Their touch is deadly and does not discriminate.
A group of people were born with an inexplicable condition: as each year passes, their touch can become quite deadly.
One year ago I was still living the life of a teenager, which included occasional arguments with my parents, hanging out with my friends, spending time with my girlfriend, finding a way to ditch classes, you know, fun and normal stuff. However, that part of my past seemed like a distant memory, something surreal my mind liked to wander off to for enjoyment. Then I thought of my mother, whom I left tired and drained, laying daintily on the bed and of my father who had trained the gun we kept for security, at me. My mother was weak because of my curse and I was strong due to her vitality and life force. Despite her weakened state, she had managed to grab a hold of my father’s arm and begged him not to pull the trigger. She said that I was her only son and she loved me for who I was, with flaws and everything. She said it was not my fault, and then fell to the floor since she was perched precariously over the side of the bed.
The moment my father dropped the gun to help my mother up; I bolted out of the house, not daring to look behind me or take anything with me. I had only one companion, and it was my curse. I hadn’t looked back ever since, except today, since it was the anniversary of the day I left home.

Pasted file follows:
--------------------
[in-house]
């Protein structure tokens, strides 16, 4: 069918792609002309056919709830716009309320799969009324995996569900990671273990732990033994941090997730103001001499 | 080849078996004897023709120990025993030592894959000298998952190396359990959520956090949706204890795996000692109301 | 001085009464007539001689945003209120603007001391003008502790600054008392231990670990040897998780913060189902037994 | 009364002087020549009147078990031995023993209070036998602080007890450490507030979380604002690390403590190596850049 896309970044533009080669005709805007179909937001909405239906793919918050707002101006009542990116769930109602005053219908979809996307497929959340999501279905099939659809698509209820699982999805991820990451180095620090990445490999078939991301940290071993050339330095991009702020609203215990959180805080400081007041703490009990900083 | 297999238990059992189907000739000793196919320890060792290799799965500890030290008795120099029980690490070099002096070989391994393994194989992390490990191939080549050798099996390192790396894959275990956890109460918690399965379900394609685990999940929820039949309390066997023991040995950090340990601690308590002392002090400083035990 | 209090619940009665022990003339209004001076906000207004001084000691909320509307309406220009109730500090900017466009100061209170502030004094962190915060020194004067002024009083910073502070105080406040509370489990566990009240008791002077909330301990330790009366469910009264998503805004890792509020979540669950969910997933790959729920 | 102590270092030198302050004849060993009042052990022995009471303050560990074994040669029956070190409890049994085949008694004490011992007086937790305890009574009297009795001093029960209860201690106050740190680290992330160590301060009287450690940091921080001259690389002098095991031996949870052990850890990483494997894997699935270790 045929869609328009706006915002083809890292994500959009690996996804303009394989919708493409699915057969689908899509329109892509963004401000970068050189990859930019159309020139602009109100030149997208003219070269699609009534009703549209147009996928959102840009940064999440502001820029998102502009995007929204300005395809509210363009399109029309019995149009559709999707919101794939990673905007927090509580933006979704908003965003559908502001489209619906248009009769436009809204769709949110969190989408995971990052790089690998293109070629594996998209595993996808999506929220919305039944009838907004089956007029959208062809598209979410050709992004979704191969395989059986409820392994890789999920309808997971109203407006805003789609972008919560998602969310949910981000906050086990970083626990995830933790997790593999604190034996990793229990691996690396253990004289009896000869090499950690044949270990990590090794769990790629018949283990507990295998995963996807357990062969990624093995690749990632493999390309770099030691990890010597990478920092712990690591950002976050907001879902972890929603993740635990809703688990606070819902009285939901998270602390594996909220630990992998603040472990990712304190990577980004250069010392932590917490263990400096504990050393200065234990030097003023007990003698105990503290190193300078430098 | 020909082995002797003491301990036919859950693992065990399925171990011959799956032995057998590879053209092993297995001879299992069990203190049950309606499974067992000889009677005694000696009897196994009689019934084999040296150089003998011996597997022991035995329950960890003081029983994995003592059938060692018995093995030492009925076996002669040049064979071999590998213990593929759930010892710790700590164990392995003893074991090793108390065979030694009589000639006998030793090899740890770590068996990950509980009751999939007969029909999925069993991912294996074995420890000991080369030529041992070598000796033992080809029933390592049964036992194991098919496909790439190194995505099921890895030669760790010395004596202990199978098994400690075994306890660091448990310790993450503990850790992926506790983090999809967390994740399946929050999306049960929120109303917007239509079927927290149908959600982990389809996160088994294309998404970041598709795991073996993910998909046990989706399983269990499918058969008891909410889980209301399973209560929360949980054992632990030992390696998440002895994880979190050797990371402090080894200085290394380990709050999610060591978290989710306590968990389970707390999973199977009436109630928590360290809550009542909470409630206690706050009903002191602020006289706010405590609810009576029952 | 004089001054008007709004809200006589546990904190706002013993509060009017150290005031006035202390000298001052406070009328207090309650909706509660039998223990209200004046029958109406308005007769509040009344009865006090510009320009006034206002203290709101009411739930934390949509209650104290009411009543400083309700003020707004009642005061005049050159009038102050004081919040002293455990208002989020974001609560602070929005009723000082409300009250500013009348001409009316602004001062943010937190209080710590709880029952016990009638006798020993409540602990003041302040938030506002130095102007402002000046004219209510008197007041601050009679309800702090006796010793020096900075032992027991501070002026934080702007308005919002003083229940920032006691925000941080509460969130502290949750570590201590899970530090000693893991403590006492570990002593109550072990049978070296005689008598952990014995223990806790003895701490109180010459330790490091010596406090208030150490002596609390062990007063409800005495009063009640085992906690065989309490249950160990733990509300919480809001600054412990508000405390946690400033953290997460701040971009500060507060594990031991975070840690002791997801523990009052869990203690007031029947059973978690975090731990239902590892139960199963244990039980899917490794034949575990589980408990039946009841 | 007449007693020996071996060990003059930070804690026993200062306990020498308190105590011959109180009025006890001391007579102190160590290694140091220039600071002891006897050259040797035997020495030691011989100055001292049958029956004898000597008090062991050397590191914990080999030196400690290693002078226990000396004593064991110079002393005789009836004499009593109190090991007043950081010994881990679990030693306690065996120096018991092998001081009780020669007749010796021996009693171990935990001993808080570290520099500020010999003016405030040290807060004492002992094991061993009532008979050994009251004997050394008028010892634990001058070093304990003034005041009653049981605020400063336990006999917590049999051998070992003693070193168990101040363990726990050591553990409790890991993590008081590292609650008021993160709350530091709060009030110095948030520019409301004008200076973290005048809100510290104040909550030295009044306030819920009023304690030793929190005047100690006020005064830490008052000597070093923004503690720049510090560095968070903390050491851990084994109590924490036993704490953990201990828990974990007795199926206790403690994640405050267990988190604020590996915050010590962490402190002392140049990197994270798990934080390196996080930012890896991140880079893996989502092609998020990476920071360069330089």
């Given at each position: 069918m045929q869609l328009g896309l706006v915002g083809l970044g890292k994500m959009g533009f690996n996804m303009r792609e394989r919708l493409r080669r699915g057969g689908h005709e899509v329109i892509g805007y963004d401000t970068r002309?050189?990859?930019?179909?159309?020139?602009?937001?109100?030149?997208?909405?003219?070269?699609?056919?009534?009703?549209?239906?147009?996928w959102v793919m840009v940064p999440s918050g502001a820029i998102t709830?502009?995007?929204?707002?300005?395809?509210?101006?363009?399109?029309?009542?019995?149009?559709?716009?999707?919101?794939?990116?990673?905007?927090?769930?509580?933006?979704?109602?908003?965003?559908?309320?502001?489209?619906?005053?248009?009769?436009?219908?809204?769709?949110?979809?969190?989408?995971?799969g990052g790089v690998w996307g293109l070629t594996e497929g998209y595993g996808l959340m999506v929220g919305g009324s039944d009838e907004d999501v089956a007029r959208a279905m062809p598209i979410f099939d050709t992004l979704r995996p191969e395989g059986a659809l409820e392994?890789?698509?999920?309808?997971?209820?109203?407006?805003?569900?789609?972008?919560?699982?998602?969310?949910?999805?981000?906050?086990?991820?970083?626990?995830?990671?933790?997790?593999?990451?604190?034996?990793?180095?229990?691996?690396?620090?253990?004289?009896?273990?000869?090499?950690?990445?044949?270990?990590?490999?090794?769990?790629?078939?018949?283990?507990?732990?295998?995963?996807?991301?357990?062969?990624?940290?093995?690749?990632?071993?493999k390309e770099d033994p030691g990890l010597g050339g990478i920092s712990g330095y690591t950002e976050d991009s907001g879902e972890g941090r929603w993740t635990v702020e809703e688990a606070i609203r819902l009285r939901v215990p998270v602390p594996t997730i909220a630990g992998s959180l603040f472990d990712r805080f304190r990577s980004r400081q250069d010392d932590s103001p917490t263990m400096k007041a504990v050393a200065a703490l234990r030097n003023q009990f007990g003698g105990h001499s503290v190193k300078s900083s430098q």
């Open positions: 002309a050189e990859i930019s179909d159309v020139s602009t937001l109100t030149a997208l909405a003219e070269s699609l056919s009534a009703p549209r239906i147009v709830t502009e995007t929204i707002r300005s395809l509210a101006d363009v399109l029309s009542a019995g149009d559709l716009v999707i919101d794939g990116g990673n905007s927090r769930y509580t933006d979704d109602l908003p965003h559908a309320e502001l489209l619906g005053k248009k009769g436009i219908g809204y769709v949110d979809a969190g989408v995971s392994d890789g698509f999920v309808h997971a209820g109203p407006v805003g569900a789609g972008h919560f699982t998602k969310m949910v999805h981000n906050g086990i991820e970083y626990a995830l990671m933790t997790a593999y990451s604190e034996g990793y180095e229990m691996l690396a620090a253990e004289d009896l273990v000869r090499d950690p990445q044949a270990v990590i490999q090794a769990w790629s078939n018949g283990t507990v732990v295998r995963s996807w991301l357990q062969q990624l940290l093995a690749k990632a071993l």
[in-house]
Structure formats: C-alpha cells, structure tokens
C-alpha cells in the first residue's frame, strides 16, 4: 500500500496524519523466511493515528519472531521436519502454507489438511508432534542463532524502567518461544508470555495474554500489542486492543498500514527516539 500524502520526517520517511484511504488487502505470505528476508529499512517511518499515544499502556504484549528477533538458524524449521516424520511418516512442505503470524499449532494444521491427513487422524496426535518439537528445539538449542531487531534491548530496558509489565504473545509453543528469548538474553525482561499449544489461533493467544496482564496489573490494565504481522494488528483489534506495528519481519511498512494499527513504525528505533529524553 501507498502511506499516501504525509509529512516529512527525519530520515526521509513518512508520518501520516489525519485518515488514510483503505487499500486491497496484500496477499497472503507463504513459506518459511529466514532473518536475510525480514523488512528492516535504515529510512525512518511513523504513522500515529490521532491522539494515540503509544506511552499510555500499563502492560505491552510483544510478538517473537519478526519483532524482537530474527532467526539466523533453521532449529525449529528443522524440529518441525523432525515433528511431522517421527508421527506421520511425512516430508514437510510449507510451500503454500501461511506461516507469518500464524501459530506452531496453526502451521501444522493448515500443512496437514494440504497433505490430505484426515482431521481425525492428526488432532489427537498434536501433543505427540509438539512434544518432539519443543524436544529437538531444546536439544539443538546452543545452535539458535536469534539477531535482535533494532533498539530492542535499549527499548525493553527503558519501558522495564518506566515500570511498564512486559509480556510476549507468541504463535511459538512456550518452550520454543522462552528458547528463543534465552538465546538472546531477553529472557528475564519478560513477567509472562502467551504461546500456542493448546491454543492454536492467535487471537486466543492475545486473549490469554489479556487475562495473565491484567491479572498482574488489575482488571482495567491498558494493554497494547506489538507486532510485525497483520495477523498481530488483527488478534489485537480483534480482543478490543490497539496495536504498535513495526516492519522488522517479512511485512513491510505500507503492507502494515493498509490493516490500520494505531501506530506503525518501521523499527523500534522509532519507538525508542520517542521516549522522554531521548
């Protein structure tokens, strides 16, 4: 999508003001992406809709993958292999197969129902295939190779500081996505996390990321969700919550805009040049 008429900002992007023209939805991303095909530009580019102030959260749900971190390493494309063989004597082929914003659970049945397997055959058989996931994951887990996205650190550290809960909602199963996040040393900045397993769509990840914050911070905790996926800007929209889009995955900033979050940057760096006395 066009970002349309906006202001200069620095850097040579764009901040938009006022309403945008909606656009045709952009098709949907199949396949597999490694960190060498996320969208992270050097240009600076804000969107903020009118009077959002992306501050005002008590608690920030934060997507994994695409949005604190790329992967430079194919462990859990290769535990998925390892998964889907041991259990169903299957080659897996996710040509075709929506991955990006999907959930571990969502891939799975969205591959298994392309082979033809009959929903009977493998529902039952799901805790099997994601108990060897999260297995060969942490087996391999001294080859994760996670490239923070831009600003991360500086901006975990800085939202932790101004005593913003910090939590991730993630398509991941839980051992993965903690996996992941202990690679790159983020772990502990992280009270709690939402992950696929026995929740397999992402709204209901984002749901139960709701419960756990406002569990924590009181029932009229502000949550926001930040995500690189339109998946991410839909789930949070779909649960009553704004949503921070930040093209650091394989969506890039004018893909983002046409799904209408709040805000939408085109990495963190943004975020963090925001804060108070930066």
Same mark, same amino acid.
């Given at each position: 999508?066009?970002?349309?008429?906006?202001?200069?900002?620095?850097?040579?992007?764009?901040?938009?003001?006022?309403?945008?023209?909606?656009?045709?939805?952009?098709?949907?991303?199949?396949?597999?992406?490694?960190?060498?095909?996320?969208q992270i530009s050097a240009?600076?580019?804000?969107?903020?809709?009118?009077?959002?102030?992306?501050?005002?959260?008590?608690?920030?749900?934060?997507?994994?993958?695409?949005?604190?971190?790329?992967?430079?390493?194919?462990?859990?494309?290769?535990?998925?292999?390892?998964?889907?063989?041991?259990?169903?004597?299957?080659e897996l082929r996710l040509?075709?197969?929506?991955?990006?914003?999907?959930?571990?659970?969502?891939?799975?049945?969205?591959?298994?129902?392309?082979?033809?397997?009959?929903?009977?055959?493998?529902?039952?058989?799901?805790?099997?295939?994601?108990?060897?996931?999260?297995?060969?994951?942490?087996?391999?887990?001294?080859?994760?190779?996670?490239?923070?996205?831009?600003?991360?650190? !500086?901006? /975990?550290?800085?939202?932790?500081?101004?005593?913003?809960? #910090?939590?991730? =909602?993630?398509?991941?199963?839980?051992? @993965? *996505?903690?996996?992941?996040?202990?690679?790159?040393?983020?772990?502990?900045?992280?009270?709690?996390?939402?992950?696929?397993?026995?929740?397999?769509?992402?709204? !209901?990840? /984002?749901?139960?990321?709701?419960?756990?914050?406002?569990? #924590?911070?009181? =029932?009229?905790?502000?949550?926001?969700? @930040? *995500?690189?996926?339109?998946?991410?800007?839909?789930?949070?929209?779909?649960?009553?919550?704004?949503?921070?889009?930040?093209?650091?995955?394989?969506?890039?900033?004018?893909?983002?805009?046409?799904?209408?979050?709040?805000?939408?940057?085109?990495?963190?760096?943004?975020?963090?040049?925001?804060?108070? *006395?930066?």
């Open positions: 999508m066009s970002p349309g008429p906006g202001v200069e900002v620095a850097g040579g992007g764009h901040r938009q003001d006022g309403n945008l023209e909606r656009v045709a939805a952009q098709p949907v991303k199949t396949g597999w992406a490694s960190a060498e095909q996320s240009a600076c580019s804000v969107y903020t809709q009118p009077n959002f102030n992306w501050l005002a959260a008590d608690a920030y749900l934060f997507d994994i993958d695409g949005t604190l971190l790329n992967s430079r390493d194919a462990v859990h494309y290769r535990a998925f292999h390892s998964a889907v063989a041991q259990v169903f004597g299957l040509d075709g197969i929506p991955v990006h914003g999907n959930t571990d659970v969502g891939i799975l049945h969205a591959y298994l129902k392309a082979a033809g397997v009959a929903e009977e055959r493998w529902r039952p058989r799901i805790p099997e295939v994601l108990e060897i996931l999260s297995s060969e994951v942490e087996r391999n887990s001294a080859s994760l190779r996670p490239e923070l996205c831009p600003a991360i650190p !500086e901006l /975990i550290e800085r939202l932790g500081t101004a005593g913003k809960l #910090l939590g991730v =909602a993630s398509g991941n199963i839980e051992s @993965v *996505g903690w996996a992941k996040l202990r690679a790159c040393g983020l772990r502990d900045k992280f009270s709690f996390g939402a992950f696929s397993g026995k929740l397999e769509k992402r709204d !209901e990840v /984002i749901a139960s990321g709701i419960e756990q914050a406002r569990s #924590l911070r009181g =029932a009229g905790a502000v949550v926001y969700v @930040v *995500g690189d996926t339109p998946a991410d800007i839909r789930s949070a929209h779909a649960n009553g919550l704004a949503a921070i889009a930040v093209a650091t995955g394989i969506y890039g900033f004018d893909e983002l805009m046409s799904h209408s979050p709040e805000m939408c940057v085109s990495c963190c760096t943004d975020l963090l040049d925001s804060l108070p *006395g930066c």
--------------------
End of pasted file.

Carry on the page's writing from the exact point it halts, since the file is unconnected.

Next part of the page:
I walked silently under the orange trees flanking the beautiful property of the school for disabled children where I occasionally tutored. Despite the small size of the town, it provided for the less fortunate and crippled. I was welcomed in this group and I was careful not to take any life force from anyone. I had a little cottage off the side of the school, just big enough to store a bed and a desk. I had come across this place five months ago looking like the haggard teenager I was. Luckily, I was taken in by the nice Christian family that ran the school and offered my services as a tutor. I never did well in school, but they seemed satisfied with my work so far. Most importantly, they valued me more for bringing joy and fresh ideas into the classroom.
The sun hung low over the horizon, casting my long shadow into the classroom. There I saw her, Isabella, as beautiful as the moon would ever be. She lived in the city but often volunteered her free time to help out. She was kind with everybody, always had a smile on her beautiful face. Sometimes her smiled made my day.
“Liam, how nice to see you! You’ve come to help me clean up?”
I snapped out of my trance and returned her wide smile. “Sure, the faster we are done the more time I get to spend with you strolling around the park.”
Isabella laughed melodiously. How I wished I could record her laugh and store it in my memories forever, in case I was feeling depressed and needed to access her joy.
“You’re so weird Liam, but I like that about you, sets you apart from everybody else.”
I felt complete next to her; my heart ached less when I was with her. But I knew the latter could never happen. I wanted to know her better, but at the same time, I knew that the more time I spent with her the more difficult it would be to forget her. So instead of torturing myself with wishful thinking of things and situations that might never come to reality, I focused on cleaning the tables and storing away the art materials.
When we were done, we went for a drink of water. Isabella was visibly sweating, who wouldn’t be, being late spring and summer venturing to peek its sunrays.